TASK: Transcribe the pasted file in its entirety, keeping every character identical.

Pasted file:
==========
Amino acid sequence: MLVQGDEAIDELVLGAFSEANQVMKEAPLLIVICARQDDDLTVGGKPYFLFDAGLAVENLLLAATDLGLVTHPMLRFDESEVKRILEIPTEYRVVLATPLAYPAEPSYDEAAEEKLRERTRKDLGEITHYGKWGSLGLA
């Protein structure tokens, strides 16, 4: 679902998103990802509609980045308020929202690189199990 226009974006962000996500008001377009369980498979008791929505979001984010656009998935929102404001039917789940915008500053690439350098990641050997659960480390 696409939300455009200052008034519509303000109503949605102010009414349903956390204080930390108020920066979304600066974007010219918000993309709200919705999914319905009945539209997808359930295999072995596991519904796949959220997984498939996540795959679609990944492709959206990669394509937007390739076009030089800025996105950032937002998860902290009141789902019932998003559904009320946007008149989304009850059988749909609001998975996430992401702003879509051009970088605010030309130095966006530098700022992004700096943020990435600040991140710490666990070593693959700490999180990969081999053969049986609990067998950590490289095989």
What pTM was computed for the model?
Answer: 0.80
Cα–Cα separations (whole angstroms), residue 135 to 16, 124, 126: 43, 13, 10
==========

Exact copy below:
Amino acid sequence: MLVQGDEAIDELVLGAFSEANQVMKEAPLLIVICARQDDDLTVGGKPYFLFDAGLAVENLLLAATDLGLVTHPMLRFDESEVKRILEIPTEYRVVLATPLAYPAEPSYDEAAEEKLRERTRKDLGEITHYGKWGSLGLA
């Protein structure tokens, strides 16, 4: 679902998103990802509609980045308020929202690189199990 226009974006962000996500008001377009369980498979008791929505979001984010656009998935929102404001039917789940915008500053690439350098990641050997659960480390 696409939300455009200052008034519509303000109503949605102010009414349903956390204080930390108020920066979304600066974007010219918000993309709200919705999914319905009945539209997808359930295999072995596991519904796949959220997984498939996540795959679609990944492709959206990669394509937007390739076009030089800025996105950032937002998860902290009141789902019932998003559904009320946007008149989304009850059988749909609001998975996430992401702003879509051009970088605010030309130095966006530098700022992004700096943020990435600040991140710490666990070593693959700490999180990969081999053969049986609990067998950590490289095989």
What pTM was computed for the model?
Answer: 0.80
Cα–Cα separations (whole angstroms), residue 135 to 16, 124, 126: 43, 13, 10